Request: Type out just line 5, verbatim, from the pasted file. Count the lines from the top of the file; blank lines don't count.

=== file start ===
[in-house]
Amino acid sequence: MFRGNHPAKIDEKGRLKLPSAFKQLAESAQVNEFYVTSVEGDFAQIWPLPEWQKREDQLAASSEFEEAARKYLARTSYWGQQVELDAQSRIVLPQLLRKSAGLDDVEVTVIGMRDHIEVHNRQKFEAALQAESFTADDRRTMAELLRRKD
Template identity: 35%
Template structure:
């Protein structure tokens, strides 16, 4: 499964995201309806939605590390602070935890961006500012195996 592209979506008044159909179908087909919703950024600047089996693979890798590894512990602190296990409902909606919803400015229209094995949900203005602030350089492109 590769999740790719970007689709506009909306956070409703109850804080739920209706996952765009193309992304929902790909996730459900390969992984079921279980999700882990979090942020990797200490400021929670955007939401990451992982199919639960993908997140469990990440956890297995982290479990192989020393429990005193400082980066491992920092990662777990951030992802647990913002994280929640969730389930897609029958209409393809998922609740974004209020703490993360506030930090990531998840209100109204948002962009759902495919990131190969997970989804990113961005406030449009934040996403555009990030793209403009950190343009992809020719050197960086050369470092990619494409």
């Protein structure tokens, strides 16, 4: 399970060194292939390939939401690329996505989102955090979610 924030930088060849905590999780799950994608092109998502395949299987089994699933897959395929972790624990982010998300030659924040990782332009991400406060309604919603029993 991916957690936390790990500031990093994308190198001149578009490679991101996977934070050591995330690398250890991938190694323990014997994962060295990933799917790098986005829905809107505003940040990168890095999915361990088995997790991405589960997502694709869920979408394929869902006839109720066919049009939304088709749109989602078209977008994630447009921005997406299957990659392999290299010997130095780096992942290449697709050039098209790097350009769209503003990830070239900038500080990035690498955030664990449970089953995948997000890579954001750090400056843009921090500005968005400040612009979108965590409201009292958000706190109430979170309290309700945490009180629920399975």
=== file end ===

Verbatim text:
């Protein structure tokens, strides 16, 4: 499964995201309806939605590390602070935890961006500012195996 592209979506008044159909179908087909919703950024600047089996693979890798590894512990602190296990409902909606919803400015229209094995949900203005602030350089492109 590769999740790719970007689709506009909306956070409703109850804080739920209706996952765009193309992304929902790909996730459900390969992984079921279980999700882990979090942020990797200490400021929670955007939401990451992982199919639960993908997140469990990440956890297995982290479990192989020393429990005193400082980066491992920092990662777990951030992802647990913002994280929640969730389930897609029958209409393809998922609740974004209020703490993360506030930090990531998840209100109204948002962009759902495919990131190969997970989804990113961005406030449009934040996403555009990030793209403009950190343009992809020719050197960086050369470092990619494409």